I think it is a kindness, a gift we give someone to tell him or her that we have been blessed by that ministry or that they have done something well.  Isn't this part of loving someone or part of encouraging them?
That before honor comes humility thing: isn't that the part we give to God - we allow him to work in the hearts of those around us....and as they are humble before him, it is his business to honor them in whatever way he chooses....and sometimes that is through us here and sometimes, I think, it will be in the future, perhaps in eternity.

Friday, January 15, 2010

God: concerned about my life?

Isn't it amazing how we ignore the reality of God as a friend, as someone who has and does love us sacrificially and unconditionally and, even more amazing, personally?  Oh, we know those things intellectually and as theological facts, but as a personal reality?

This morning in my reading I came across these words written by Dallas Willard in his book The Divine Conspiracy: "Prayer is a matter of explicitly sharing  with God my concerns about what he too is concerned about in my life."  The bold emphasis is mine.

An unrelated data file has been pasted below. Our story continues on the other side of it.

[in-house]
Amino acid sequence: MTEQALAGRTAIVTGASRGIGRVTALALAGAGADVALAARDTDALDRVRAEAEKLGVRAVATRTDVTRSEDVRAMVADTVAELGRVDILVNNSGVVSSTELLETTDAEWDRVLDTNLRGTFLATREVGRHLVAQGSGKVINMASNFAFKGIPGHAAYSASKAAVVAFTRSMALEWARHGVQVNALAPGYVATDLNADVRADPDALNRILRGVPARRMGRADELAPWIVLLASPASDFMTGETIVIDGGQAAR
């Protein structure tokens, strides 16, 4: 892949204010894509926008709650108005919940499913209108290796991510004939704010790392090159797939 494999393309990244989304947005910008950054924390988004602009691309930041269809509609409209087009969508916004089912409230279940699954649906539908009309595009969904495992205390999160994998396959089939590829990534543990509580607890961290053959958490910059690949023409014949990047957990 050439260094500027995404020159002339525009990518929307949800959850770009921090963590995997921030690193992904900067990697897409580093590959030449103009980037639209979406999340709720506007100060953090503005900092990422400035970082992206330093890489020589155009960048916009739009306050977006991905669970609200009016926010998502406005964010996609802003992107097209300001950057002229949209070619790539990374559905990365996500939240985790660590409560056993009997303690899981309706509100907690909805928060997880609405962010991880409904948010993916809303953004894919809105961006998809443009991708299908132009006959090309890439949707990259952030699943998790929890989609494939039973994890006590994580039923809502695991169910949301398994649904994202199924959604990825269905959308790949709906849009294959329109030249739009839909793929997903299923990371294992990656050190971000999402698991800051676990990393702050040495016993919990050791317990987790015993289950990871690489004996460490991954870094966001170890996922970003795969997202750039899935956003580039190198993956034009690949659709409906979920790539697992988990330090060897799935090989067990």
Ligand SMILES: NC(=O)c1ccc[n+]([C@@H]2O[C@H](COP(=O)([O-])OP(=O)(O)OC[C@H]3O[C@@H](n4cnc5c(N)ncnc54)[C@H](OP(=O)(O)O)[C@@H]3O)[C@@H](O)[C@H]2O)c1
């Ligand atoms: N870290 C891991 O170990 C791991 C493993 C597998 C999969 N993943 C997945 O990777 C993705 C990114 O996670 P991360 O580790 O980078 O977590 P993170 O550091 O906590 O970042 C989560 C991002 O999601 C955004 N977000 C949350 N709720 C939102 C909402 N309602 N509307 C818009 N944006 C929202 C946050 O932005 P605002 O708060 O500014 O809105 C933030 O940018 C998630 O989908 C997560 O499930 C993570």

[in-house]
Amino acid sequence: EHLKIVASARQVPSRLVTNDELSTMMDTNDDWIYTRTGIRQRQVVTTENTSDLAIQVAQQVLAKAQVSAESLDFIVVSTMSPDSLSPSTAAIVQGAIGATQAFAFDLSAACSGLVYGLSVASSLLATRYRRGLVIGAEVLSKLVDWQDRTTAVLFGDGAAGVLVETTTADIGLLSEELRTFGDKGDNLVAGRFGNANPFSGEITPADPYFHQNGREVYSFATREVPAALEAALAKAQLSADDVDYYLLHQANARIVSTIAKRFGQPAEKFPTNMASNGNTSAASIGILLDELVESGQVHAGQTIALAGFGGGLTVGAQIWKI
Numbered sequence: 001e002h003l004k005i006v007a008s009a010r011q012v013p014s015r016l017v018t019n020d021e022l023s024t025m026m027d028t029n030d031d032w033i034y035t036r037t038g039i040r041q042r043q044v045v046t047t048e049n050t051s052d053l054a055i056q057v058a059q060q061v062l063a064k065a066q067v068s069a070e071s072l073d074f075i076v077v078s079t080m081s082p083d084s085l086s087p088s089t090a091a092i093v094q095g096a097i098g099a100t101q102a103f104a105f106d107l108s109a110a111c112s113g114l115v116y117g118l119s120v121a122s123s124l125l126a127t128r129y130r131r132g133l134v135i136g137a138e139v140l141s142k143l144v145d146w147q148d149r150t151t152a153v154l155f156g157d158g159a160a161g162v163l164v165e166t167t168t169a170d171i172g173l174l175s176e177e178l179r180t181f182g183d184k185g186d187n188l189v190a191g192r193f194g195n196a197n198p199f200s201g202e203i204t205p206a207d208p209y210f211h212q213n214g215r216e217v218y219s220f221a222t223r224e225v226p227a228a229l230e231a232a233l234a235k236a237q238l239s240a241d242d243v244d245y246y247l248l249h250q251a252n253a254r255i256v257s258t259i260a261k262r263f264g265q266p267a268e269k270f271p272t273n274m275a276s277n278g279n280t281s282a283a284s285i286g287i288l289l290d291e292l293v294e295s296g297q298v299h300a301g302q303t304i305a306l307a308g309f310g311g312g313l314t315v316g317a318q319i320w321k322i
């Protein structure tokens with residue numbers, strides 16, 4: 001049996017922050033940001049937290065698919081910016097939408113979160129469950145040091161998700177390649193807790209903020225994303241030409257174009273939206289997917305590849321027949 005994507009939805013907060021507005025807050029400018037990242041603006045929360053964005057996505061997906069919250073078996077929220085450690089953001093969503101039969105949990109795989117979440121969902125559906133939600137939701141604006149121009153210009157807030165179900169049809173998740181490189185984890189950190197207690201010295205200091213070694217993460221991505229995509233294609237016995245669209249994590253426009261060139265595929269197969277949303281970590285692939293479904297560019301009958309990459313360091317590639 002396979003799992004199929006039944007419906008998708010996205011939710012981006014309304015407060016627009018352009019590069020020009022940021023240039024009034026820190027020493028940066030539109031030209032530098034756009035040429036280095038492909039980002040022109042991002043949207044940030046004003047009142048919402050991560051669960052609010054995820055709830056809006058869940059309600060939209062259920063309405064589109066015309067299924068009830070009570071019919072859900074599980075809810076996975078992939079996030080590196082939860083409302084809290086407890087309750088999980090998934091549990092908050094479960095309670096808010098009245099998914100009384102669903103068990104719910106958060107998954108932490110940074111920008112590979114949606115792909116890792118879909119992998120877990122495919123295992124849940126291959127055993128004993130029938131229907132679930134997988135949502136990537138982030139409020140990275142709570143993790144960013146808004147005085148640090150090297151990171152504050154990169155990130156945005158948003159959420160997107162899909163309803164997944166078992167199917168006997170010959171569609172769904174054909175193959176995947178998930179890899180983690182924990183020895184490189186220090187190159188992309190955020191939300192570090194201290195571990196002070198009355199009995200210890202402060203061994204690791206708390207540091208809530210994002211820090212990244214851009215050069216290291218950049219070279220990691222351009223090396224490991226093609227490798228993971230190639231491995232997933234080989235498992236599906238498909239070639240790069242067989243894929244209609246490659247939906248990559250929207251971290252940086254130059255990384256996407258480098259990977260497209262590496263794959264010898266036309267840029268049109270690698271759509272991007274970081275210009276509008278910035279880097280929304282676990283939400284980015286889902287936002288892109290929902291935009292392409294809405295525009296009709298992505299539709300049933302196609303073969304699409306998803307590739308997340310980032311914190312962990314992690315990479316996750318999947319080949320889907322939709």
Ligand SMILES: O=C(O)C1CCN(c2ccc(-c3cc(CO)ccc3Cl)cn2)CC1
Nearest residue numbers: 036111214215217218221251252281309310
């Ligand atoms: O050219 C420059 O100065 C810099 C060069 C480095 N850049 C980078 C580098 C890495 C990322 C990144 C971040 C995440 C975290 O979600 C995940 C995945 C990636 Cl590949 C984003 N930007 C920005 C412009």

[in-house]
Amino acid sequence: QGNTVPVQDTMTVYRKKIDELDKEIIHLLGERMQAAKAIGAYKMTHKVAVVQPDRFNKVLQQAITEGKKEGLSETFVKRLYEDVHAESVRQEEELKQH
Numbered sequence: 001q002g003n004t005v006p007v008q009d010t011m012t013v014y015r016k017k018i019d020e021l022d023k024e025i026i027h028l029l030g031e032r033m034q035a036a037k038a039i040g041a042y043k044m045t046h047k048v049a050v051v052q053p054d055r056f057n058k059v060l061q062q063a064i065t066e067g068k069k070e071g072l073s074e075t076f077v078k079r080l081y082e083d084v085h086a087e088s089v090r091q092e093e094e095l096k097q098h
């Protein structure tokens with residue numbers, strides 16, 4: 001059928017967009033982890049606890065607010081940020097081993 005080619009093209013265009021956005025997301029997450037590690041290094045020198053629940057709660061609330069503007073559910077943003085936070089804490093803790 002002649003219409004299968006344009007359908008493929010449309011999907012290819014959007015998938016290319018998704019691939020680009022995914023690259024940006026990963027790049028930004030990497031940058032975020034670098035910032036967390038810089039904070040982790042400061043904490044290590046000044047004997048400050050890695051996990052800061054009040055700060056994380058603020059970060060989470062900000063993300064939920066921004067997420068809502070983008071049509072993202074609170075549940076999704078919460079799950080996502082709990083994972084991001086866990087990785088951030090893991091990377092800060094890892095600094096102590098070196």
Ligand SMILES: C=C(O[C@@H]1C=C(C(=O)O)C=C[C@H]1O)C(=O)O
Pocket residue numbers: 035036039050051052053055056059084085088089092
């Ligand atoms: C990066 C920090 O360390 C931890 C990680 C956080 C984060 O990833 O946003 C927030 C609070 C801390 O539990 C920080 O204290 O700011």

I don't know why, but those words stopped me cold - making me think or rehearse what God might be concerned about in my life.  Well, he is probably concerned with how easily I am distracted from the daily reading of his word and prayer time.  I confess, I have great intentions, but it only takes a change in my schedule to throw those things off.  It is not that he cares about me rigidly adhering to a schedule, but he is concerned about our daily fellowship.  I think has is as concerned about our communication as I am about communication with my children, and moreso.

I think he is concerned about my priorities - what do I allow to have a higher priority than representing him, than being his ambassador? Than loving him back?  Where does he rank in my decision making?  In how I think about spending my money or time or possessions?